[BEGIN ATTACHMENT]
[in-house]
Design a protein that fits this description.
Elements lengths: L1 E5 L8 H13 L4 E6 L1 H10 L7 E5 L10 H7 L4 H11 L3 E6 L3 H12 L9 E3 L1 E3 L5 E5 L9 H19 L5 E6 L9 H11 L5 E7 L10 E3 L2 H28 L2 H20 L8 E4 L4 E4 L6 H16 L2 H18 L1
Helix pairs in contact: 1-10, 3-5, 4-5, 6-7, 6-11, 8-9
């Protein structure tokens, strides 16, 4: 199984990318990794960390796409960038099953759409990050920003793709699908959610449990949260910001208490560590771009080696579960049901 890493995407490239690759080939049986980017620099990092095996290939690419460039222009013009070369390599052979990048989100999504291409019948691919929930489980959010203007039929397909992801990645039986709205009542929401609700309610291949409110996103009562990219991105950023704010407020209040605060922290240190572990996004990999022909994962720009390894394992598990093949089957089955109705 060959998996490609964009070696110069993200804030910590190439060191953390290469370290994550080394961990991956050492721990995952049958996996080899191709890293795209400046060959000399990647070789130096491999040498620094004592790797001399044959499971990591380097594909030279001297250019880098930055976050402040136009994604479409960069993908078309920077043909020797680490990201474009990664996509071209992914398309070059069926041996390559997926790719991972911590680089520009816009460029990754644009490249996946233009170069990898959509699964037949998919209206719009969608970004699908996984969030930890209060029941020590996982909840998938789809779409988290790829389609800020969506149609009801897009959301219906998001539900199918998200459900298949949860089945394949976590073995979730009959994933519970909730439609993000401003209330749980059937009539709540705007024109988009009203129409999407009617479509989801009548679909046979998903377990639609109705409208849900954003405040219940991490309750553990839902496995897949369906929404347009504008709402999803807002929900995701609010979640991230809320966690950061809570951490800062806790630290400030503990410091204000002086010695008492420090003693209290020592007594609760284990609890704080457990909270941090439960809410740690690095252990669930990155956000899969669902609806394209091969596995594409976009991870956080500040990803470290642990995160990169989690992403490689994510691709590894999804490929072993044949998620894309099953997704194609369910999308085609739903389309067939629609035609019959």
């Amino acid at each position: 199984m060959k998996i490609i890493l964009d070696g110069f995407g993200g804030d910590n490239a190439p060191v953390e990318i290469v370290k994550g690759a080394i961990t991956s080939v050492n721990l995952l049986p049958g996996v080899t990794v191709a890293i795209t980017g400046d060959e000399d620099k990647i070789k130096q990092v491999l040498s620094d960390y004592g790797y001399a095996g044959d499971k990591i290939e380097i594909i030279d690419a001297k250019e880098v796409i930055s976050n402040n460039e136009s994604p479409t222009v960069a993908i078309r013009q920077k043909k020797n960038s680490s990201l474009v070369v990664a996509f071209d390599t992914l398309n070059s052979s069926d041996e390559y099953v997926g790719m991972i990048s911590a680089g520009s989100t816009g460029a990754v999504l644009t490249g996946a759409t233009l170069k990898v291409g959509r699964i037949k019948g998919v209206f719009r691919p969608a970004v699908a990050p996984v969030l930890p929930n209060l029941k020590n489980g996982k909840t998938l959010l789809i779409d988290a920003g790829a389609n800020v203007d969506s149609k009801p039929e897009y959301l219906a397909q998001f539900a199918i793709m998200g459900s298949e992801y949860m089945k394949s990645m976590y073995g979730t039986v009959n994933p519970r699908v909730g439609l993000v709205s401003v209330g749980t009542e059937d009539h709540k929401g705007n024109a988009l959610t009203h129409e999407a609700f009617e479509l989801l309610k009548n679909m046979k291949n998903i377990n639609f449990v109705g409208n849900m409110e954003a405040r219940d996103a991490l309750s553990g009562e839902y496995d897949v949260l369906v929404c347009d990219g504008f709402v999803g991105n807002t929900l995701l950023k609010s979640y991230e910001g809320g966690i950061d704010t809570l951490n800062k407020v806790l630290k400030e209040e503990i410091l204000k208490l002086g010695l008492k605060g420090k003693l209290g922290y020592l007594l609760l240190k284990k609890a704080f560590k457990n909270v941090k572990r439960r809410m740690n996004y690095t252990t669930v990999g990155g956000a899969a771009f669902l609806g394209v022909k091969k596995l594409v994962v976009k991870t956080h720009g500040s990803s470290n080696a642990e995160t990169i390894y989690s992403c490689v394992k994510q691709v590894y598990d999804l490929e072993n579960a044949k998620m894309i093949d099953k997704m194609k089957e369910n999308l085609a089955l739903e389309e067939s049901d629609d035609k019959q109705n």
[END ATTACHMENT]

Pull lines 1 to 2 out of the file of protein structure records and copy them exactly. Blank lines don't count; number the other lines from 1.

[in-house]
Design a protein that fits this description.